Tuesday, April 19, 2011
Stubborn Can Overcome Stupidity
In a desperate move to keep things afloat, I used credit cards and loans to try and borrow my way out of the hole that seemed to grow larger no matter what I did. And then the economy really tanked. Thankfully, I had already decided on some bold cost cutting moves months earlier and when it did tank, I was in no worse shape than before. I had not tied into any new debt for that year. I did not order any new bikes on credit. I made no huge Pre-season parts orders on credit. I decided that if I could not pay for it, I would not buy it. All this in an effort to try to pay down the old debt as much as I could and then close the shop. That was 2008.
I was sure I would not be able to keep the doors open after September, 2008. I was wrong. September, 2008 came and went. 2009 came and went. 2010 came and went. And here it is April, 2011 and I am still in business. Far freakin out.
Remembering where my head was at then and where it is now makes me grin. I had been doing business a certain way for I guess almost 20 years, and suddenly I was throwing it out and adopting a new business model. No new bikes on the floor. Parts inventory kept slim and thin. I adopted on time inventory, ordering many parts for repairs as I needed them. And I dropped my help down to one full time employee (yours truly) and one part timer who was paid a percentage of each repair he did. My gross income dropped dramatically, but my profitability on that gross increased. And I have successfully nibbled away a large chunk of my old debt. I am not out of the woods yet, but there is certainly a glimmer of light at the end of the tunnel. Enough of one that now I am looking for ways to create new business without taking on huge new debt.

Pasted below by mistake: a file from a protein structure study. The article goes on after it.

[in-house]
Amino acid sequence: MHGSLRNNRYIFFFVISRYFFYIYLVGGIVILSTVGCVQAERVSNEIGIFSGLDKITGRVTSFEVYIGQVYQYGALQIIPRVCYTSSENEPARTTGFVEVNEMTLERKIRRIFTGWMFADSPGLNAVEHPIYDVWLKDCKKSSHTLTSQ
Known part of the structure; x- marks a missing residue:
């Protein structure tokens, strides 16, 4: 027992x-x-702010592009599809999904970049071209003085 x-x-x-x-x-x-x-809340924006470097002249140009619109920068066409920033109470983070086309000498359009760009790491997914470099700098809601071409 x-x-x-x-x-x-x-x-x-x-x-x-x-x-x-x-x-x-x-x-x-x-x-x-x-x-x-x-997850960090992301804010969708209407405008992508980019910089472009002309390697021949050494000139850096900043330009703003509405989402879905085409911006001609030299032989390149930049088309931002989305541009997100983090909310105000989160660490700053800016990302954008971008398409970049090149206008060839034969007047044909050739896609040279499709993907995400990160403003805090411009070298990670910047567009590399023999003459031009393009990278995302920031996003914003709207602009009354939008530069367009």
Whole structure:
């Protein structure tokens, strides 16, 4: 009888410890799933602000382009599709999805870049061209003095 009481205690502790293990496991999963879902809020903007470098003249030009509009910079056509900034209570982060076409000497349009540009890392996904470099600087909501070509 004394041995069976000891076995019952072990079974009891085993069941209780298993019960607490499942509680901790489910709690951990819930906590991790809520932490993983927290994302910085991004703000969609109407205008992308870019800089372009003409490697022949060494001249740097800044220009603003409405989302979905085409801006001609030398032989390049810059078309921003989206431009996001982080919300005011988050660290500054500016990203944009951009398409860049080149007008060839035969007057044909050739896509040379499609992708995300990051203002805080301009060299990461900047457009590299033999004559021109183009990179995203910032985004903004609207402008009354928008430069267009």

I would love to give myself full credit for this turn around. Yeah, I was too stubborn to quit. That certainly helped. But what else was I going to do? I had been my own boss for over 20 years and I was damned if I was going to go back to driving trucks. All I saw and still see is if I am not at the bike shop, I am at Loew's, Home Depot, Walmart, or Mickey D's wearing some shitty uniform and making just above minimum wage. Of course minimum wage would be a wage hike for me. I haven't drawn more than three or four thousand dollars out of my shop in at least the last three years.
My tenacity was certainly the driving force for where I am now. But without timely help from my landlord, my creditors, Bike Shop Jim, and most of all, my loyal customers, I would not be here right now feeling so grateful. Instead of seeing nothing but struggle and trouble when I open my doors everyday, I think of running the shop as a fun game. A serious game, but that's all it is. Me against the evil economic monsters who wait behind every spreadsheet waiting to take me down. I have stepped up my game and learned even more than I thought I could about retail. I have found creative ways to cut costs. I have found money in old bikes and old parts. But of all the things I have learned these past few years is that if I am comfortable or feeling full of myself, then I am in trouble. If I am not trying to grow my business when I can and shrink it when it needs to be cut back, then my business will die. I figure another two years of this and I will be back in the black or damn close.